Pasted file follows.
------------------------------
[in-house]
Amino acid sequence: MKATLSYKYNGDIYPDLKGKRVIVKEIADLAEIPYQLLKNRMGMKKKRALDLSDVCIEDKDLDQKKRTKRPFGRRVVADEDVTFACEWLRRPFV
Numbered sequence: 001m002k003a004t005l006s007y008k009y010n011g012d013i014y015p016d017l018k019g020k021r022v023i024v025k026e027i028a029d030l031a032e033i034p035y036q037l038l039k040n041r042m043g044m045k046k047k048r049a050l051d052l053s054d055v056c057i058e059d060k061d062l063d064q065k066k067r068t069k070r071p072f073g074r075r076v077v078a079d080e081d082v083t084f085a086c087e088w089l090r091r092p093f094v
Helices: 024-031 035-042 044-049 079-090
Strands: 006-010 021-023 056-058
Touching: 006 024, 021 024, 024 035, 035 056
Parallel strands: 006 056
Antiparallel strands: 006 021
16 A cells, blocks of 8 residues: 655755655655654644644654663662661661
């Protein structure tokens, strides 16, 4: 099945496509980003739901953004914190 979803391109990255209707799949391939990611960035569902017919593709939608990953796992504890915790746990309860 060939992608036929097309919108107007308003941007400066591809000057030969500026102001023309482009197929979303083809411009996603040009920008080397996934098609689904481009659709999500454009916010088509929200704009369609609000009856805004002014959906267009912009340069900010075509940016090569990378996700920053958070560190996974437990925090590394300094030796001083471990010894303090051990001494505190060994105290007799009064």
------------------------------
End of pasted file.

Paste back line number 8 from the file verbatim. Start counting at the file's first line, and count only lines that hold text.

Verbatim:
Antiparallel strands: 006 021